Nov. 26, 2013
By Jerome Boettcher | Subscribe to Commodore Nation
Former volunteers and interns often return and visit the Magdalene House, a residential program for women recovering from addiction, prostitution and trafficking.
Most just don't evoke the response Jasmine Lister does.
"They see Jasmine come back, and it is almost like little kids when their parents show up and their eyes light up," Magdalene assistant program director Keri Seay said. "That is how they respond to her--that is not always typical. They get real excited about seeing her again."
While many of her Vanderbilt classmates left Nashville for summer vacation, Lister juggled preparing for her senior season on the basketball court and a two-month internship at the Magdalene House.
With a major in women and gender studies, Lister wanted to attain hands-on experience and connect personally with the 22 women.
"I got to know a lot of them on a different level," she said. "It's a different world. I got to hear a lot of their stories and what they were like. It really surprised me how close a lot of things that go on in Nashville are. The stories...what they've been through and how happy they are. They are able to see a way out."
Becca Stevens, an Episcopal priest who is a chaplain at St. Augustine's on Vanderbilt's campus, started the Magdalene House in 1997. For two years, residents are offered housing, food, medical and dental needs, therapy, education and job training at no charge and without assistance from government funding. They also have a chance to work at Thistle Farms, also founded by Stevens, and create natural bath and body products. Profits directly benefit the women who make and sell them.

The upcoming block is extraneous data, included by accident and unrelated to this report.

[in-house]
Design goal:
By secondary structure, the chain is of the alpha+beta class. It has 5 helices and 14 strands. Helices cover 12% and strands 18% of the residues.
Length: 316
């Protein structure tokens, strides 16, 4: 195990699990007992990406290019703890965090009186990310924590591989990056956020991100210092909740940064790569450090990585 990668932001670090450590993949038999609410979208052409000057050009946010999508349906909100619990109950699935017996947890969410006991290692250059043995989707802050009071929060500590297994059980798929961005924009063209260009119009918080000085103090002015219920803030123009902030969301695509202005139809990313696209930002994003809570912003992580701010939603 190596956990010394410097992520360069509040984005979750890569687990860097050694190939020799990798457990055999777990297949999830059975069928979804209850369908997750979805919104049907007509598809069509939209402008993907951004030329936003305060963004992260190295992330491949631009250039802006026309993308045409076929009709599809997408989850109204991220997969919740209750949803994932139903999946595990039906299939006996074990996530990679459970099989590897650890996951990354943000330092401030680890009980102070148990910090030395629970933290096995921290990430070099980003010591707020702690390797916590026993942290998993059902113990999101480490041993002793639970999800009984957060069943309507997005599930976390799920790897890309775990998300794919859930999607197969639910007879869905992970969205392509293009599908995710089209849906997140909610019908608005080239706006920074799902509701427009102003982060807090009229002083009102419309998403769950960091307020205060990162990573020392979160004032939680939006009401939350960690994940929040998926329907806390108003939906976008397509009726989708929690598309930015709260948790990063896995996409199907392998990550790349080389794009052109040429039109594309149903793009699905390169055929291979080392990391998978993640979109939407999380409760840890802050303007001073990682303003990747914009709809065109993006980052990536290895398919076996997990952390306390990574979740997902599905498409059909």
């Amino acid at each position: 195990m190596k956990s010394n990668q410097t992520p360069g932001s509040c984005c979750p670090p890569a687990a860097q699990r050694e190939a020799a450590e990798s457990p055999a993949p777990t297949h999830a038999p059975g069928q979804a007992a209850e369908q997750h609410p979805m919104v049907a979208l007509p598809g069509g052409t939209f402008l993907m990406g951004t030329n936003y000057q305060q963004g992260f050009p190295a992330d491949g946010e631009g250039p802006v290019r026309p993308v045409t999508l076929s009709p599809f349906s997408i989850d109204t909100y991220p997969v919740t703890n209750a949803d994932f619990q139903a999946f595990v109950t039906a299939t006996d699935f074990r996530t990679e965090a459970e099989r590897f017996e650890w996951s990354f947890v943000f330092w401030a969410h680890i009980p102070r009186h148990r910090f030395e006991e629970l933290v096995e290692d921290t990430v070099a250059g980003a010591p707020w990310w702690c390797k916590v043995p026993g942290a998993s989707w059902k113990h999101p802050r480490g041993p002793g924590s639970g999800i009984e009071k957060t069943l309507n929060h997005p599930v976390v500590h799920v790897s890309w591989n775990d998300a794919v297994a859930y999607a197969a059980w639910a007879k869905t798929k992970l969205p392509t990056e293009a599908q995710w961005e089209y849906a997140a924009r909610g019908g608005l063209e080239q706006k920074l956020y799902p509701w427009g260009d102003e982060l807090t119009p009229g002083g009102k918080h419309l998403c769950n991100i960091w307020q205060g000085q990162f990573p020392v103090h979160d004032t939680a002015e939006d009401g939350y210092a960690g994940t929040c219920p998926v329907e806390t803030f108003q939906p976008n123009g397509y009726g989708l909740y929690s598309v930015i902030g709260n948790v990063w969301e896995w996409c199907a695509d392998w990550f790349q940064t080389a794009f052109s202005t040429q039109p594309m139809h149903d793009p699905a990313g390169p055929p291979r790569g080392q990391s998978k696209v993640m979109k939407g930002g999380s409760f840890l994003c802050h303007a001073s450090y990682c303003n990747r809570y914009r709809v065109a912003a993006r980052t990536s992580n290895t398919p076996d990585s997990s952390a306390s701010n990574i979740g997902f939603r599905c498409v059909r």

The women range in age from 20 to 50 and some have been sexually abused, used drugs or alcohol since they were 13 or spent time in prison. According to its website, 72 percent of Magdalene residents are sober within 2 1/2 years of starting the program.
"It was a humbling experience--most definitely," she said. "The staff there, they let me sit in on their staff meetings. They took each individual case and were like, `All right, so-so is going through this this week so what should we do to help her?' They really individually care about every single woman.
"It was definitely rewarding."
In addition to helping with filing and paperwork in the office, Lister observed during staff meetings and life skills group meetings. Seay said Lister learned about the women's past and the obstacles they had to overcome. More than anything, she was there to listen and provide support.
She also spearheaded an effort to encourage more women to participate in a sand volleyball tournament with Narcotics Anonymous.
"Her personality and her demeanor was really inviting and warm for the women," Seay said. "To them, they found her to be a breath of fresh air for them and very inspiring. She was extremely encouraging and motivational."
This shouldn't surprise those who have watched Lister in a Vanderbilt uniform the past three years.
The 21-year-old from Corona, Calif., has started in all 98 games of her Commodore career. In May, she was targeted as one of the better players in the country, receiving an invite to the USA Basketball Women's World University Games Team trials. From a spunky little freshman to a seasoned veteran, the 5-foot-4 point guard has evolved into a natural leader.
Not to mention a top scorer.
With 1,192 career points, she is tied for 23rd on Vanderbilt's all-time scoring charts. But if she eclipses 400 points for the third straight season she'll land in the top 10.